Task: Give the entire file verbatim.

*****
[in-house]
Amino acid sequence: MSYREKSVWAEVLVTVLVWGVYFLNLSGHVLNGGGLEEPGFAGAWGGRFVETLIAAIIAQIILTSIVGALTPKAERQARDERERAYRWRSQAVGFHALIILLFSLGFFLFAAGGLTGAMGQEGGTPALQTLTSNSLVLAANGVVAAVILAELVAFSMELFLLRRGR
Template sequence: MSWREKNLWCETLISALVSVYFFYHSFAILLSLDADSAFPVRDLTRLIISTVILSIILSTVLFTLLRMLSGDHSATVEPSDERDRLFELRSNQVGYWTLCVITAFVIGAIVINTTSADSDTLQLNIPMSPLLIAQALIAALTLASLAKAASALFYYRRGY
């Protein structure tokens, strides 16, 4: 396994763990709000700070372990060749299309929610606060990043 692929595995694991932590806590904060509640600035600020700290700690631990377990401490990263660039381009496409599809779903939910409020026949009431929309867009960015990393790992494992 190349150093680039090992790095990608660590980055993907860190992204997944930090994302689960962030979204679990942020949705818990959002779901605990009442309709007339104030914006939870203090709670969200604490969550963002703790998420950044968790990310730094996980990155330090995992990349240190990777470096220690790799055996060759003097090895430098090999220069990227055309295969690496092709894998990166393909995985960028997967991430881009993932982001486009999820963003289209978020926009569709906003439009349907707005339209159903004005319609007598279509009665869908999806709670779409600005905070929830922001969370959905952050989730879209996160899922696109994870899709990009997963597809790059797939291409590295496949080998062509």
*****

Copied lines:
[in-house]
Amino acid sequence: MSYREKSVWAEVLVTVLVWGVYFLNLSGHVLNGGGLEEPGFAGAWGGRFVETLIAAIIAQIILTSIVGALTPKAERQARDERERAYRWRSQAVGFHALIILLFSLGFFLFAAGGLTGAMGQEGGTPALQTLTSNSLVLAANGVVAAVILAELVAFSMELFLLRRGR
Template sequence: MSWREKNLWCETLISALVSVYFFYHSFAILLSLDADSAFPVRDLTRLIISTVILSIILSTVLFTLLRMLSGDHSATVEPSDERDRLFELRSNQVGYWTLCVITAFVIGAIVINTTSADSDTLQLNIPMSPLLIAQALIAALTLASLAKAASALFYYRRGY
């Protein structure tokens, strides 16, 4: 396994763990709000700070372990060749299309929610606060990043 692929595995694991932590806590904060509640600035600020700290700690631990377990401490990263660039381009496409599809779903939910409020026949009431929309867009960015990393790992494992 190349150093680039090992790095990608660590980055993907860190992204997944930090994302689960962030979204679990942020949705818990959002779901605990009442309709007339104030914006939870203090709670969200604490969550963002703790998420950044968790990310730094996980990155330090995992990349240190990777470096220690790799055996060759003097090895430098090999220069990227055309295969690496092709894998990166393909995985960028997967991430881009993932982001486009999820963003289209978020926009569709906003439009349907707005339209159903004005319609007598279509009665869908999806709670779409600005905070929830922001969370959905952050989730879209996160899922696109994870899709990009997963597809790059797939291409590295496949080998062509």